February 27, 1997
Mr. Jonathan Heidelberger
Ingerman Smith, L.L.P.
167 Main Street Northport, NY 11768
Dear Mr. Heidelberger:
I have received your thoughtful letter of January 30 in which you commented with respect to an advisory opinion prepared on January 8 at the request of Gerard Fishberg.
It is your contention that your client, the Board of Education of the Levittown Public Schools, may limit the opportunity to speak at its meetings to residents of the District. I believe that we agree that the Board is not required in any way to permit public participation, and that the Board has the authority to adopt reasonable rules to govern its own proceedings. I continue to disagree, however, that a rule can distinguish among those who attend meetings in the manner prescribed by the Board.
It is reiterated that the Open Meetings Law provides a right to attend to the "general public"; a resident of East Meadow, Island Trees or even Albany would have the same right to attend a meeting of the Levittown Board of Education as a resident of the District. That being so, I do not believe that a public body could validly require that those who attend or seek to attend identify themselves by name, residence or interest. In short, it is my view that any member of the public has an equal opportunity to partake in an open meeting, and that an effort to distinguish among attendees by residence or any other qualifier would be inconsistent with the Open Meetings Law and, therefore, unreasonable. Moreover, as suggested in the opinion addressed to Mr. Fishberg, people other than residents, particularly those who own property or operate businesses in a community, may have a substantial interest in attending and expressing their views at meetings of boards of education and other public bodies. Prohibiting those people from speaking, even though they may have a significant tax burden, while permitting residents to do so, would, in my view, be unjustifiable.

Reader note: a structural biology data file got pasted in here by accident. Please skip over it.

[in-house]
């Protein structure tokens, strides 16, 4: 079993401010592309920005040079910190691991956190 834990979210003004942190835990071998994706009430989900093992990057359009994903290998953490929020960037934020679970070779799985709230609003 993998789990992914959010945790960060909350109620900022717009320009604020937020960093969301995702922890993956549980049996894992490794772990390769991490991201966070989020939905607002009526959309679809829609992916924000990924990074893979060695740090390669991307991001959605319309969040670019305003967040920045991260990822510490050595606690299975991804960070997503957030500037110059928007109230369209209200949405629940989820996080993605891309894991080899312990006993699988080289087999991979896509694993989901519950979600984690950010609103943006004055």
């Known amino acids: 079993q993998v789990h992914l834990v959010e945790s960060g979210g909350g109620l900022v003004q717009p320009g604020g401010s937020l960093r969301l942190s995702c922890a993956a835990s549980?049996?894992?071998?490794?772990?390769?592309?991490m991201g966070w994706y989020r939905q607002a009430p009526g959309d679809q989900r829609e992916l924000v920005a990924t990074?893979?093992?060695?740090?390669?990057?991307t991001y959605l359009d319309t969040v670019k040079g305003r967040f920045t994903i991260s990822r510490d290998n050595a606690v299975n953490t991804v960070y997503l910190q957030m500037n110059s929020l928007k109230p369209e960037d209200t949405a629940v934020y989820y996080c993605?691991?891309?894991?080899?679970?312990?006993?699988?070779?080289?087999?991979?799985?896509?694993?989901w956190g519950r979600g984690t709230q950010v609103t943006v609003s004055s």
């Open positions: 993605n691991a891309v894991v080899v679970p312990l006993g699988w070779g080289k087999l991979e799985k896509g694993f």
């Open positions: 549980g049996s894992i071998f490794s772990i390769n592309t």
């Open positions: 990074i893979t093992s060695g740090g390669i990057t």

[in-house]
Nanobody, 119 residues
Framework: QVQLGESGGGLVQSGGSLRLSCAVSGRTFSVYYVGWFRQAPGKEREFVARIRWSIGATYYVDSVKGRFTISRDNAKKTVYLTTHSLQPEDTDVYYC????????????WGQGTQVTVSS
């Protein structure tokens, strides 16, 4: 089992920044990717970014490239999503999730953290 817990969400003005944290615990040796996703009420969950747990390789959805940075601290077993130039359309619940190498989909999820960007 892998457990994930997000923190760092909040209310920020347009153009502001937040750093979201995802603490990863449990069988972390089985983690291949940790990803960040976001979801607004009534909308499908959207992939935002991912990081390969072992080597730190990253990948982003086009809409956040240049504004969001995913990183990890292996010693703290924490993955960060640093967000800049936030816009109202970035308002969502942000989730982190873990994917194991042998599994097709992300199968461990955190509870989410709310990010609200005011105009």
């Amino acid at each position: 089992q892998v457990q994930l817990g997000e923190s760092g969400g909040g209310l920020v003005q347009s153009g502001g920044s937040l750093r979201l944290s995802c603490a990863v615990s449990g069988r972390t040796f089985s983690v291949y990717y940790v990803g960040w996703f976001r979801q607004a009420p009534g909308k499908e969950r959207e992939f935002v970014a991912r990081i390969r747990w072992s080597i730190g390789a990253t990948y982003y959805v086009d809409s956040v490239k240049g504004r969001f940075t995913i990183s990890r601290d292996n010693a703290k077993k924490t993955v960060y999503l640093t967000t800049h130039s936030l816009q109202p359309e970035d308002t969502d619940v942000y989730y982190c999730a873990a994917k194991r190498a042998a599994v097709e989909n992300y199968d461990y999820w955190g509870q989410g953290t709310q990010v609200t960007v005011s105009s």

With regard to the propriety of the executive session held to discuss "potential litigation", my intent was to reference the judicial interpretation of the Open Meetings Law, particularly since the leading decisions have been rendered by the Appellate Division, Second Department. Insofar as the Board might have discussed "litigation strategy", there would be no disagreement concerning the Board's ability to conduct a proper executive session.
If you would like to discuss the matter, please feel free to contact me. I hope that I have been of assistance.
Robert J. Freeman
cc: Gerard Fishberg